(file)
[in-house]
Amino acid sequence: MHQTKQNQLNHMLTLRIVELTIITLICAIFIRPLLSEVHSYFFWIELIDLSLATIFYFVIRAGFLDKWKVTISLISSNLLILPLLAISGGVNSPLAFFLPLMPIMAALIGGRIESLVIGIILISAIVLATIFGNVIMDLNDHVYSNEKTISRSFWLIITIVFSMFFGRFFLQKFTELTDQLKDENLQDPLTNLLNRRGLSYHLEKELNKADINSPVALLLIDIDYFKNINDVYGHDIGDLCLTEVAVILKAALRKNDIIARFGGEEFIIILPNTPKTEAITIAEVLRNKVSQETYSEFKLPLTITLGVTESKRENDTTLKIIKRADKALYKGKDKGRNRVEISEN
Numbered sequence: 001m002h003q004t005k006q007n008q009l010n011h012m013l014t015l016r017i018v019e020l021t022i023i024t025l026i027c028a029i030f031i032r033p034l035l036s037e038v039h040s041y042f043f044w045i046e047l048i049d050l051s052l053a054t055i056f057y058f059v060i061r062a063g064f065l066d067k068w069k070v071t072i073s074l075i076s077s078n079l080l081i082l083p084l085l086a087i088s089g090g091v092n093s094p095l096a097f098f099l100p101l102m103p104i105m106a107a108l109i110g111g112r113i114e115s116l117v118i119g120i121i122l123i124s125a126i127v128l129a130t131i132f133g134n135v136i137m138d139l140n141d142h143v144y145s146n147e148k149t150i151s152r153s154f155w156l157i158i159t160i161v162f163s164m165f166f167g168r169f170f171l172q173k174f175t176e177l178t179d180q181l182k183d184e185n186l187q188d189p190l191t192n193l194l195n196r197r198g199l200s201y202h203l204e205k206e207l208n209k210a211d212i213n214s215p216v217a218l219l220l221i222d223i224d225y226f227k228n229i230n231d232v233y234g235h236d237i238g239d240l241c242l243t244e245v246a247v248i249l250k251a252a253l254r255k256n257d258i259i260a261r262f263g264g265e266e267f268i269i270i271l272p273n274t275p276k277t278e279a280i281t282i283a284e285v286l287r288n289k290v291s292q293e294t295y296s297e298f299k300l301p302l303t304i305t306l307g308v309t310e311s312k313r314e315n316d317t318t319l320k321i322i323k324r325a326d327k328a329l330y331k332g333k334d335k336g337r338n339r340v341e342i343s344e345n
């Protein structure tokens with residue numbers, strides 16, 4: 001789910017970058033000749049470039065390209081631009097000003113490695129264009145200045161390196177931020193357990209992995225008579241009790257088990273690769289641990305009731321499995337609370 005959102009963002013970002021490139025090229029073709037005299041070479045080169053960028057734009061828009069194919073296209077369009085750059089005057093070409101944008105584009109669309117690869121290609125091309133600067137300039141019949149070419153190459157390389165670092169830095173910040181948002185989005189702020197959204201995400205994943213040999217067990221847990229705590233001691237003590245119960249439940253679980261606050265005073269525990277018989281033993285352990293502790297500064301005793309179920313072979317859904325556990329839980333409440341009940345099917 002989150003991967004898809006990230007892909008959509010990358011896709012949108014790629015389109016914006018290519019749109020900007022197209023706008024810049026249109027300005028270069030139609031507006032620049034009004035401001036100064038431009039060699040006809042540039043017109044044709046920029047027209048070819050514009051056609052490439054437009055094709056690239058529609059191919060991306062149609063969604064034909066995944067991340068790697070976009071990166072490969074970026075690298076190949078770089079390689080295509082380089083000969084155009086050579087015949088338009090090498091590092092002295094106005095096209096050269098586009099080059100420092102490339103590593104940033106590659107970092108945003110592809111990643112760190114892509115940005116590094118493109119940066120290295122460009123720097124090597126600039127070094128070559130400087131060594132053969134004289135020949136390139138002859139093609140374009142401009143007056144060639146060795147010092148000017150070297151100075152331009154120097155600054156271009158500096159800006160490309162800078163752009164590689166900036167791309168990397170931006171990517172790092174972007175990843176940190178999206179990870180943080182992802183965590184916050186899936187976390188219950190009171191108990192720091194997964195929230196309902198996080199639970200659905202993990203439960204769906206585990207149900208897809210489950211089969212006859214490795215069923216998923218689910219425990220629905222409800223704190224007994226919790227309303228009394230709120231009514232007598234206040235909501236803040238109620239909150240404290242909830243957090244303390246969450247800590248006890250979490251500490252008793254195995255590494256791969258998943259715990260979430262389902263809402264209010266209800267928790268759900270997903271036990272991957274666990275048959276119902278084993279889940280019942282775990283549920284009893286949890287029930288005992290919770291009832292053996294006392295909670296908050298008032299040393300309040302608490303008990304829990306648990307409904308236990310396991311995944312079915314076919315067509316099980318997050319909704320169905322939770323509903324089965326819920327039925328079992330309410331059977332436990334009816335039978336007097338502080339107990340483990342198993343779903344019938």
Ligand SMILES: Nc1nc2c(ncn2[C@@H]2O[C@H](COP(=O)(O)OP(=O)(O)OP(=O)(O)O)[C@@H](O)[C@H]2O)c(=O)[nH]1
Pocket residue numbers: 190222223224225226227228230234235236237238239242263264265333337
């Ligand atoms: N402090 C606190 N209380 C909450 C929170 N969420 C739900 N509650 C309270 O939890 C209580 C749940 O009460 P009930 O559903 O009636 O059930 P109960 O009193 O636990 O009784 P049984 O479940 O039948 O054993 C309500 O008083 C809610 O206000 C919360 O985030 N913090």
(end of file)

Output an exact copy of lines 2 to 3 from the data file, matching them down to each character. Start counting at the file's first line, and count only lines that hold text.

Amino acid sequence: MHQTKQNQLNHMLTLRIVELTIITLICAIFIRPLLSEVHSYFFWIELIDLSLATIFYFVIRAGFLDKWKVTISLISSNLLILPLLAISGGVNSPLAFFLPLMPIMAALIGGRIESLVIGIILISAIVLATIFGNVIMDLNDHVYSNEKTISRSFWLIITIVFSMFFGRFFLQKFTELTDQLKDENLQDPLTNLLNRRGLSYHLEKELNKADINSPVALLLIDIDYFKNINDVYGHDIGDLCLTEVAVILKAALRKNDIIARFGGEEFIIILPNTPKTEAITIAEVLRNKVSQETYSEFKLPLTITLGVTESKRENDTTLKIIKRADKALYKGKDKGRNRVEISEN
Numbered sequence: 001m002h003q004t005k006q007n008q009l010n011h012m013l014t015l016r017i018v019e020l021t022i023i024t025l026i027c028a029i030f031i032r033p034l035l036s037e038v039h040s041y042f043f044w045i046e047l048i049d050l051s052l053a054t055i056f057y058f059v060i061r062a063g064f065l066d067k068w069k070v071t072i073s074l075i076s077s078n079l080l081i082l083p084l085l086a087i088s089g090g091v092n093s094p095l096a097f098f099l100p101l102m103p104i105m106a107a108l109i110g111g112r113i114e115s116l117v118i119g120i121i122l123i124s125a126i127v128l129a130t131i132f133g134n135v136i137m138d139l140n141d142h143v144y145s146n147e148k149t150i151s152r153s154f155w156l157i158i159t160i161v162f163s164m165f166f167g168r169f170f171l172q173k174f175t176e177l178t179d180q181l182k183d184e185n186l187q188d189p190l191t192n193l194l195n196r197r198g199l200s201y202h203l204e205k206e207l208n209k210a211d212i213n214s215p216v217a218l219l220l221i222d223i224d225y226f227k228n229i230n231d232v233y234g235h236d237i238g239d240l241c242l243t244e245v246a247v248i249l250k251a252a253l254r255k256n257d258i259i260a261r262f263g264g265e266e267f268i269i270i271l272p273n274t275p276k277t278e279a280i281t282i283a284e285v286l287r288n289k290v291s292q293e294t295y296s297e298f299k300l301p302l303t304i305t306l307g308v309t310e311s312k313r314e315n316d317t318t319l320k321i322i323k324r325a326d327k328a329l330y331k332g333k334d335k336g337r338n339r340v341e342i343s344e345n